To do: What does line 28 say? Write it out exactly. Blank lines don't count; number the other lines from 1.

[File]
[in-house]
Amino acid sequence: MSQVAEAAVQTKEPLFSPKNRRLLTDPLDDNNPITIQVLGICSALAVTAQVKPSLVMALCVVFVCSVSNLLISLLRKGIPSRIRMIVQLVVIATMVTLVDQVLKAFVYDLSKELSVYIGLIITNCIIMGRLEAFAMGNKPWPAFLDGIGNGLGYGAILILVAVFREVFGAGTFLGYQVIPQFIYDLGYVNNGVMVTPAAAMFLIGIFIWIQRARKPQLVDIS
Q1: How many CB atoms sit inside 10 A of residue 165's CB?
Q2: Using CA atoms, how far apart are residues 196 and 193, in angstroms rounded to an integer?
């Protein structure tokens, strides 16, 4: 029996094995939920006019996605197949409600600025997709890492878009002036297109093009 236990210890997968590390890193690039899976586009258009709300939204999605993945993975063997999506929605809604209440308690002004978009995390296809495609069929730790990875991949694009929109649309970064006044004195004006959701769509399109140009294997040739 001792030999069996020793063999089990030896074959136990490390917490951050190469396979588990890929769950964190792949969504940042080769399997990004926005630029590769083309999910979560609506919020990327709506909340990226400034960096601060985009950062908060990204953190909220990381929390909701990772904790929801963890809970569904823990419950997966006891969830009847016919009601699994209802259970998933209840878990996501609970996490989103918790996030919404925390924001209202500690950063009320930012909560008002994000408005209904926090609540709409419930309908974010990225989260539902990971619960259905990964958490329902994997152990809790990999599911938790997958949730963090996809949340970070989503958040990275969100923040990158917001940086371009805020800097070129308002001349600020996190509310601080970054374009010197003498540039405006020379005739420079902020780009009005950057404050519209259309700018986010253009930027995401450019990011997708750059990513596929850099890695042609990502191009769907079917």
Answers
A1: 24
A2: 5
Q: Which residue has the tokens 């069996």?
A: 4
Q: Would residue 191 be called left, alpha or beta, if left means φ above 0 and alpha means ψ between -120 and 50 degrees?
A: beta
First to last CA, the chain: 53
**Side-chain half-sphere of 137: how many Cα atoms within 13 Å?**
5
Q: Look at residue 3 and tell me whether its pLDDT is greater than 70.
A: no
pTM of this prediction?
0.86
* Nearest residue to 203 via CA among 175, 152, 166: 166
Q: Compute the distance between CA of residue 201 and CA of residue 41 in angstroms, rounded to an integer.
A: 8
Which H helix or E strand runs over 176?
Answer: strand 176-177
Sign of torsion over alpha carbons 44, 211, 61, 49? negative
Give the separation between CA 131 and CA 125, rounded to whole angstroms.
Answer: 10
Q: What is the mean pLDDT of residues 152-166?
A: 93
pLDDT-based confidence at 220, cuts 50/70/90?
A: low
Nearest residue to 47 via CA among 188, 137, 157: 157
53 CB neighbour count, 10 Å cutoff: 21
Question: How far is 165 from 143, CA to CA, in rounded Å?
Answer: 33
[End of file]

Q: What is the mean pLDDT of residues 152-166?